Sunday, April 26, 2015

Finding Neverland

There is this little thing on Broadway call politics. Yes, that ugly P word appears everywhere. In this case, a show was created years ago with one creative team, the producers brought in a completely new team, tried it out of town and then it came to Broadway (replacing some of the leads that upset some people). The fact said producer is also not a New York guy (but instead a film guy) gives people more reason to pull the "P card" and tear it down.

Those are some of the only reasons I can understand that critics and theater forums have been attacking Finding Neverland. If you read my blog, you know I see almost everything and I don't always like everything - but this show is beautiful, entrancing, magical, and allows everyone to be a child again for just a moment. Yes, a moment in time, Associated Press…hence the 'obsession with clocks' that annoyed you so with this show in your review. A show about a man that doesn't want to grow up (time) where time is running out on so many in this story. But I digress, I'm not going to spend time fighting the reviews that are already out there. 

If you are like me, you may have missed the 2004 film of Finding Neverland with Johnny Depp and Kate Winslet when it came out. I actually only saw the film this past year on cable and loved it. Sobbed at the beauty of it. It hit me on so many emotional levels. So I was looking forward to the musicalization of the film with trepidation as I read so much about the bumpy road to Broadway. Yet director Diane Paulus has given us a visually stunning show with her team of designers, intriguing choreography by Mia Michaels, a beautiful score by Gary Barlow, and an ensemble of actors that make  you want to believe in Tinkerbell once again. The score was first written by the team behind Grey Gardens, yet I loved the pop score Barlow has given us. Sure there are a few lyrics that are trite or not perfect rhymes, but I forgave that due to the fact he took me on a journey with his music.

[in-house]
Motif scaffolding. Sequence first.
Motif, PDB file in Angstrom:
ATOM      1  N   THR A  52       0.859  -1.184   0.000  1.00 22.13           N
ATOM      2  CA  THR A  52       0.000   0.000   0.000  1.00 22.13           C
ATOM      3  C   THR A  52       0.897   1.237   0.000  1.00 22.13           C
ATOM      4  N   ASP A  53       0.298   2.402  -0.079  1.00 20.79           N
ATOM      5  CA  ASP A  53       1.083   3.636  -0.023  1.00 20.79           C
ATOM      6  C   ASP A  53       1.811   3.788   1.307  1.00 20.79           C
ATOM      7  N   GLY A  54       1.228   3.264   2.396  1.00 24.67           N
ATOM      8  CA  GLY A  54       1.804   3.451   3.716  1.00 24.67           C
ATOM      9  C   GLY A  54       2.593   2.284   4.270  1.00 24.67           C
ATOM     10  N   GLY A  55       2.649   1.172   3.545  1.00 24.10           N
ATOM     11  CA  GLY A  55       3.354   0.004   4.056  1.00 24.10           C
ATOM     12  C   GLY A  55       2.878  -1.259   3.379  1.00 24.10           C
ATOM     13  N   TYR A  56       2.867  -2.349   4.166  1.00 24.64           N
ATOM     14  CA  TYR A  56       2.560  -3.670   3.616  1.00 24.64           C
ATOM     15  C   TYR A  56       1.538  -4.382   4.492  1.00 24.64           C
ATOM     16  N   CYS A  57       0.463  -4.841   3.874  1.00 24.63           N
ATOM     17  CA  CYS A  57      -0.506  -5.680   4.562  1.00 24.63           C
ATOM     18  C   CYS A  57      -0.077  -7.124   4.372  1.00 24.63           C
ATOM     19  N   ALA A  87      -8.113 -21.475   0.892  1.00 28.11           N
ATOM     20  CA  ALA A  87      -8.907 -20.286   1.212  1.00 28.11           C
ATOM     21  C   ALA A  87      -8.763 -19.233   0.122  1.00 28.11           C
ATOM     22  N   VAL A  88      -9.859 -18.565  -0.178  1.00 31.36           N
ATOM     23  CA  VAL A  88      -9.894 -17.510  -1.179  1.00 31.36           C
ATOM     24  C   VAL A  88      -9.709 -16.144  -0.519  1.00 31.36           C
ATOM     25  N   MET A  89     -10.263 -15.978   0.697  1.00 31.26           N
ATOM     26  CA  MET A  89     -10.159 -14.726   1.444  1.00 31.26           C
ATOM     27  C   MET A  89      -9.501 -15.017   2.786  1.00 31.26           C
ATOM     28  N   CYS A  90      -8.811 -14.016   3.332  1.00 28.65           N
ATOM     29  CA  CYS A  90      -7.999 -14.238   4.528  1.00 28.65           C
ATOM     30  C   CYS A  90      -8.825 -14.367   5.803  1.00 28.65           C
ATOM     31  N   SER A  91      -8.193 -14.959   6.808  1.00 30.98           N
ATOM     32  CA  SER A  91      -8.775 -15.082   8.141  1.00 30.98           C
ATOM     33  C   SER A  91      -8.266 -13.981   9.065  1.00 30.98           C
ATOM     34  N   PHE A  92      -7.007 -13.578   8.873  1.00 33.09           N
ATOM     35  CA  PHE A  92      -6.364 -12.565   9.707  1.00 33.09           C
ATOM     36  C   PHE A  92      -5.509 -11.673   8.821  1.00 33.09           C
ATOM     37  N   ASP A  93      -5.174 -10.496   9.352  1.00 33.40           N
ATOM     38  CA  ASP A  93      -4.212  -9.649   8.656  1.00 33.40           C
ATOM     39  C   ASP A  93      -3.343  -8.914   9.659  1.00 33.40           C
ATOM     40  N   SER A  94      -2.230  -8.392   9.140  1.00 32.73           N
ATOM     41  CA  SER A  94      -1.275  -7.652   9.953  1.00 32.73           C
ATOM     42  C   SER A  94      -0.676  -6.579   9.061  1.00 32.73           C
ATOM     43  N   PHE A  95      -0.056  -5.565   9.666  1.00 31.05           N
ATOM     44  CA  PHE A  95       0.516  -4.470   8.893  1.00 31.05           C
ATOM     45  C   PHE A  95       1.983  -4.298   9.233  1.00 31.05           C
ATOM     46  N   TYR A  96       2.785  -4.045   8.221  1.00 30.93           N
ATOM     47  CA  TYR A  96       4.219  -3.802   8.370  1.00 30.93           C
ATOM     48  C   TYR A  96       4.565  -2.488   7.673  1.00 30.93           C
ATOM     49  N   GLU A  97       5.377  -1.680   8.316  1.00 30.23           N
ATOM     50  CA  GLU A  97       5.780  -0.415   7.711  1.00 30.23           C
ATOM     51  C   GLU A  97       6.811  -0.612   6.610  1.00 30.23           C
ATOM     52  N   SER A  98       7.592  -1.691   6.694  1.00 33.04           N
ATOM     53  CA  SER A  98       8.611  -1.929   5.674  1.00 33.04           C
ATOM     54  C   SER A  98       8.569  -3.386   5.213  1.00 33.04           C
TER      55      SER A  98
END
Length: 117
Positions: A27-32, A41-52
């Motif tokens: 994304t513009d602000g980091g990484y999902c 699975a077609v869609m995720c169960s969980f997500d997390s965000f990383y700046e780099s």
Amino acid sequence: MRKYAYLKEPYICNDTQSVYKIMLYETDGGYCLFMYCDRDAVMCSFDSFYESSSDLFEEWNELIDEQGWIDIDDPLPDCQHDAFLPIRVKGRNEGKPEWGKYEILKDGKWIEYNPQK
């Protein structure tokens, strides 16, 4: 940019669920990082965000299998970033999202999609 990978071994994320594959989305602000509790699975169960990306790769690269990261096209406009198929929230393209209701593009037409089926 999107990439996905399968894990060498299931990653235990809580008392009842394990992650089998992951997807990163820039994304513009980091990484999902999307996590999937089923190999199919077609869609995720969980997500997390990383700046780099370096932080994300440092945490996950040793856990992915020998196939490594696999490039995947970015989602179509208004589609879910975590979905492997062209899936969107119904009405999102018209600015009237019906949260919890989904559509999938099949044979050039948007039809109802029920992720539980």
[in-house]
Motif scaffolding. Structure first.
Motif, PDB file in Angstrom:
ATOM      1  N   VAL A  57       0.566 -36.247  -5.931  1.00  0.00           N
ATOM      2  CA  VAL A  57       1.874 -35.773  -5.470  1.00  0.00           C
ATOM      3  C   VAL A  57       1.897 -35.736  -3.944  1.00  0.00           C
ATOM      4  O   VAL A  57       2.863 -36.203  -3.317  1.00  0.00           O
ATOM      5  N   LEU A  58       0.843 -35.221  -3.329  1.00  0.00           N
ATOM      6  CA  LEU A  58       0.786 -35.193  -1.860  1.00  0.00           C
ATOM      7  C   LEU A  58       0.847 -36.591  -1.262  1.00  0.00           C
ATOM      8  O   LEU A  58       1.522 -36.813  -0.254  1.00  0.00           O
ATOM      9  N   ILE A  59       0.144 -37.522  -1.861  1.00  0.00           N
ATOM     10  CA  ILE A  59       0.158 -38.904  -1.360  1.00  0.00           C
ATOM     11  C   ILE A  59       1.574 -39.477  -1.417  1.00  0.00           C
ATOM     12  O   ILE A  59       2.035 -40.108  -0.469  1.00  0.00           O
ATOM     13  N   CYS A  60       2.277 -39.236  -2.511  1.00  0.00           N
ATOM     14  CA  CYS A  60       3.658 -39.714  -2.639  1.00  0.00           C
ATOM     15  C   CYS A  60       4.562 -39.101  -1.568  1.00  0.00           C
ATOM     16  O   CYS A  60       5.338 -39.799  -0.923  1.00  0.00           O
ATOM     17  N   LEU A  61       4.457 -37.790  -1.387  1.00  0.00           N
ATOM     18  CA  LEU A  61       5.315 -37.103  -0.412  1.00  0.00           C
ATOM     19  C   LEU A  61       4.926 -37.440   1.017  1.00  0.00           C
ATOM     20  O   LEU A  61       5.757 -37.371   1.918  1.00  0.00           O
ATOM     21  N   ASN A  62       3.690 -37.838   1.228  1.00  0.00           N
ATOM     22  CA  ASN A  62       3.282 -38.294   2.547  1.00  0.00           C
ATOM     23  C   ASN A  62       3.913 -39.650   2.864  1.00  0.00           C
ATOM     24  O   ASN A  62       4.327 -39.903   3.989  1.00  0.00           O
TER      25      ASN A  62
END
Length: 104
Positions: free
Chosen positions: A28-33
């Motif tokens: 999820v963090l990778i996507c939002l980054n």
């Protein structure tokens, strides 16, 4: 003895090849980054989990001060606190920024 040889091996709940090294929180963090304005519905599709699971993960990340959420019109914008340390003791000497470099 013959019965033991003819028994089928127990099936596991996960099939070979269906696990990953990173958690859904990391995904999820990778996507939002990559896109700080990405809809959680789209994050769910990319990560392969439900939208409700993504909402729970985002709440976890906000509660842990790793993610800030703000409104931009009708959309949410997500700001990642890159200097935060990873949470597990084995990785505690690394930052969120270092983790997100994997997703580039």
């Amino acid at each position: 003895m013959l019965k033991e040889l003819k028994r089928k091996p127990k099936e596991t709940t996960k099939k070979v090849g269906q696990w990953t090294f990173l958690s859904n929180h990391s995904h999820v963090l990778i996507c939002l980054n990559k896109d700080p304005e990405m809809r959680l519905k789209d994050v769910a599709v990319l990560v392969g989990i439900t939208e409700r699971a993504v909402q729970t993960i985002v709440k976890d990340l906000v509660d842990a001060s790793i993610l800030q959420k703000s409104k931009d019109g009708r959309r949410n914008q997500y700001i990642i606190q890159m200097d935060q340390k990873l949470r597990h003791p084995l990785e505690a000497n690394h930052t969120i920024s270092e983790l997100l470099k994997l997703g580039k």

The story of J.M. Barrie and how he came to write the story of Peter Pan may be a little different from what history books say, but it makes for a moving evening of theater. Barrie's infatuation with the Llewelyn Davies boys and their caring and giving mother brings up themes of death and divorce, but isn't that real life? What is so wonderful is how in the midst of all of that 'realness', he teaches the boys and in turn the audience to stay young. To play. To let go. 

Matthew Morrison returns to the stage in the main role and has a wonderful voice and great presence. He counters the fantasy of the musical by grounding his Barrie in an understated performance, yet still effective. As Sylvia, the widowed mother of the boys, Laura Michelle Kelly deserves a Tony nomination. She is stunning, amazing voice, warm and you care deeply for her raising four boys and putting up with a pushy mother played perfectly by Carolee Carmello. Kelsey Grammer takes on the role of Barrie's producers and is everything an overbearing American working in London should be. Great comic relief as well and hams it up wonderfully as the Hook inside of Barrie's mind. 

There are amazing images displayed on stage in this show (and I don't mean the ever-changing sets and projections). I mean the use of shadows to create a dance. The way in which ensembles move and shift (it's not just dance, it's an exciting use of body not always seen in musicals). The building of a ship as Barrie grows stronger. And I won't even share the magic at the end that some critics gave away. There are some things we're meant to enjoy in the moment and not know they are coming. We escape into our childhood, we cheer for the hero, and we want to protect Peter. In this case, Peter Llewelyn Davies was played by Aidan Gemme and he grabbed my heart the same way Freddie Highmore had done in the film.


For those that say it's too sentimental and not a crowd-pleaser, I have to say that I haven't heard thunderous reactions from an audience like this (after every number) since seeing Wicked. And perhaps, like Wicked…this too will find its audience and stick around New York for a long time. Maybe if people believe and keep clapping long and loud enough, others will hear and take a trip to Neverland even if critics and politics attempt to keep people away.


  

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